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It’s become crystal clear at this point there is nothing anyone can do, no arranging of words, no stacking of facts, witnesses and testimony, that can change the mind of Joe Paterno‘s supporters. Perhaps a video recording of Paterno admitting he knew of Jerry Sandusky‘s crimes and did nothing to stop them, but maybe not even then.

Leading that pack is the late coach’s family, and chief among them his son and former assistant coach Jay Paterno.

Following new allegations against Penn State uncovered in an insurance suite that came to light on Thursday, the younger Paterno issued a blistering defense of his father. (Hat tip to our own Kevin McGuire for capturing it.)

It’s unclear as of yet how the testimony will affect the insurance suit against Penn State, but one thing that is apparent is the arguing over Paterno’s involvement in the affair and the subsequent affect on his legacy will continue for years to come.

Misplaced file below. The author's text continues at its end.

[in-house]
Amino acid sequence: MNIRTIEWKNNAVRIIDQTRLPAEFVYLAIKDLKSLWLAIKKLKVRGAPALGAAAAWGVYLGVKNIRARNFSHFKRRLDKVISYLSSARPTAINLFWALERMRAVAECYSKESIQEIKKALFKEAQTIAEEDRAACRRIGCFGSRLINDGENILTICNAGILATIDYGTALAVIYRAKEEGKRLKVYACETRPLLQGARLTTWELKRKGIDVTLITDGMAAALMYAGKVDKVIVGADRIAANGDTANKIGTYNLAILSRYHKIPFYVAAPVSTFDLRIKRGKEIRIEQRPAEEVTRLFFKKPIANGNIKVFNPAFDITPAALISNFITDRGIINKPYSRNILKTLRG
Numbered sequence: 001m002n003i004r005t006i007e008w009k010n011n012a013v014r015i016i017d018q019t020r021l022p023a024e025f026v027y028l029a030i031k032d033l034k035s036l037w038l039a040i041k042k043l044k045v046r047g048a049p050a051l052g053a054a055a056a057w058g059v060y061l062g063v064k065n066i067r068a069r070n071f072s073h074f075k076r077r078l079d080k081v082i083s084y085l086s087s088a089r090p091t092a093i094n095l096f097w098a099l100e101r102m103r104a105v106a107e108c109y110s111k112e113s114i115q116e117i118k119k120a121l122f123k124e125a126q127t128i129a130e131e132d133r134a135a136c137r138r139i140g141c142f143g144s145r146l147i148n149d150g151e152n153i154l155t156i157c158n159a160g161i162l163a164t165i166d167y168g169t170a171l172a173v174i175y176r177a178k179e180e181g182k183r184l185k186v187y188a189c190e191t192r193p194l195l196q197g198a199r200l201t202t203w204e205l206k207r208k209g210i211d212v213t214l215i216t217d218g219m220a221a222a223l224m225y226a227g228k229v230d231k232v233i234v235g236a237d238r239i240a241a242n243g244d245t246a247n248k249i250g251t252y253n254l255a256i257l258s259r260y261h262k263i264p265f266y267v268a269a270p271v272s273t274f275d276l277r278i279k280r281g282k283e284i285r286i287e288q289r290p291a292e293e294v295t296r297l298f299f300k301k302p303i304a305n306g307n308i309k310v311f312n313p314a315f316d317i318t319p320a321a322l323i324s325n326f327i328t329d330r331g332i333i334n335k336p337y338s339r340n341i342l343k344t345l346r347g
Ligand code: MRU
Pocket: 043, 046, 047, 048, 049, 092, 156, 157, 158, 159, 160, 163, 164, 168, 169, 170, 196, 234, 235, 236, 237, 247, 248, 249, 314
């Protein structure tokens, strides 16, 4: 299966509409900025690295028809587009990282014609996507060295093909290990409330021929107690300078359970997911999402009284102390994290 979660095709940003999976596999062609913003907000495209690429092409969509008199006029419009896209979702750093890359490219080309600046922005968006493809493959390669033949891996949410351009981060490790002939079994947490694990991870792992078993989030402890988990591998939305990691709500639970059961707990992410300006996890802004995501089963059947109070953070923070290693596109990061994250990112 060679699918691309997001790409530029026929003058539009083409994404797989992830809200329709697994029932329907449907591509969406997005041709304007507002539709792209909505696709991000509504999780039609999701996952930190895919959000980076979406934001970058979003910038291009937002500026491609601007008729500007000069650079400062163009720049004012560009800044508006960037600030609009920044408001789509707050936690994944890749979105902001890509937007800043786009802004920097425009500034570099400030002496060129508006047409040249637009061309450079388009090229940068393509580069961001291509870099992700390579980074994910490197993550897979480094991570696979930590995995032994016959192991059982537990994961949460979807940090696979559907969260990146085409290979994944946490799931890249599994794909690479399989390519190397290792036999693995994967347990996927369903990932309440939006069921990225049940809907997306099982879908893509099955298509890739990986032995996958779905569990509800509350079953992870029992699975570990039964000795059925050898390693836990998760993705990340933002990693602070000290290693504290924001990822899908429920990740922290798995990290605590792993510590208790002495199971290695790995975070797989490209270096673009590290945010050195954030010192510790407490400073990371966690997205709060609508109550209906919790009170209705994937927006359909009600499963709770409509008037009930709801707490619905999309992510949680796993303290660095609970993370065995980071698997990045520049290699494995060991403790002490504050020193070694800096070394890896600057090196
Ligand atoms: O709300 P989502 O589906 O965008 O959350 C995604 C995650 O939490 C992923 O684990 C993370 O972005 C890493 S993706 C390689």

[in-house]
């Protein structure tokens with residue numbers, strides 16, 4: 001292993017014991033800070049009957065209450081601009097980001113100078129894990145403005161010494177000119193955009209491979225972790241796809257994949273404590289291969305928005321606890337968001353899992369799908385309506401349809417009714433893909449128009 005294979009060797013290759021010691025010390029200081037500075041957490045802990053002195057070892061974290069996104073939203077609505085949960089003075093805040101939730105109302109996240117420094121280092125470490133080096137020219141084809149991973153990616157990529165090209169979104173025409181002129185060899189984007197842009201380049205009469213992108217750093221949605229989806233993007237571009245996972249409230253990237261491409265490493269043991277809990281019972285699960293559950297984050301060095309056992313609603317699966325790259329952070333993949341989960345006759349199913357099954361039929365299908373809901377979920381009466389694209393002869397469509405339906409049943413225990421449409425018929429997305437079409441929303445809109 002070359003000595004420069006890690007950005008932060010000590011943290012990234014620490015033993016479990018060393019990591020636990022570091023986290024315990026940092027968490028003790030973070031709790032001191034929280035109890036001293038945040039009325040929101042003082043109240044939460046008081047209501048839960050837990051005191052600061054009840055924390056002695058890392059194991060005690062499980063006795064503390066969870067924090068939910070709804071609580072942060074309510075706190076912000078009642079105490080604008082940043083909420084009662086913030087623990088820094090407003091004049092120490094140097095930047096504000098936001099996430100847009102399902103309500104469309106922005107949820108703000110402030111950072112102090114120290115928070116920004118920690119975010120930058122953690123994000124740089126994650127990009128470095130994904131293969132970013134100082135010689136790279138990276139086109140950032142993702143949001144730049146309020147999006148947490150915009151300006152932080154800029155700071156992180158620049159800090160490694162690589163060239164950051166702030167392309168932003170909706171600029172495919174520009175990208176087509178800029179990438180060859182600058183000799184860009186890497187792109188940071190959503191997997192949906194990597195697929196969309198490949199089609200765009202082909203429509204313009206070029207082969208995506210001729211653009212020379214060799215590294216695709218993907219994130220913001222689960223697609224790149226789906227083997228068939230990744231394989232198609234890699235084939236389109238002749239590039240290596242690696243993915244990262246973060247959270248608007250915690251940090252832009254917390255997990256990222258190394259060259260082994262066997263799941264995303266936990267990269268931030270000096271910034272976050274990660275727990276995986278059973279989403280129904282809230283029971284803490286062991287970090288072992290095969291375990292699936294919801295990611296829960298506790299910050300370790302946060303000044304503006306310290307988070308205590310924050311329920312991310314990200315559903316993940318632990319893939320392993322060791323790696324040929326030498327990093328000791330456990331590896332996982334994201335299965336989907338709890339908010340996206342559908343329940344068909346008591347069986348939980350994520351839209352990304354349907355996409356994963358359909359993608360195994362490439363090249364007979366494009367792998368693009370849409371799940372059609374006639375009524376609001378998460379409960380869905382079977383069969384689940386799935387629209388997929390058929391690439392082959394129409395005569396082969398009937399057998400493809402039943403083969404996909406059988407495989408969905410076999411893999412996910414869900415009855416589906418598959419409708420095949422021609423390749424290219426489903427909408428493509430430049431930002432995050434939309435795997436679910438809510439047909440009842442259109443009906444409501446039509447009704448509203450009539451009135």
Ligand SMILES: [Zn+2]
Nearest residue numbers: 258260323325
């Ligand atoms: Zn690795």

Depositions to begin soon in John Chavis-LSU suit

SEATTLE - SEPTEMBER 5:  Defensive coordinator John Chavis of the LSU Tigers looks on during pre-game warm-up against the Washington Huskies on September 5, 2009 at Husky Stadium in Seattle, Washington. The LSU Tigers defeated the Washington Huskies 31-23. (Photo by Otto Greule Jr/Getty Images)
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LSU got the best of John Chavis on the field in November, but the former Tigers defensive coordinator could gain revenge in the court room.

According to Ross Dellenger of The Advocate, Chavis has turned over phone records from November 2014 through Feb. 13, 2015, the key period in detailing whether Chavis violated his contract agreement with LSU in leaving for a lateral position with Texas A&M. At stake is a $400,000 buyout the school says it is owed.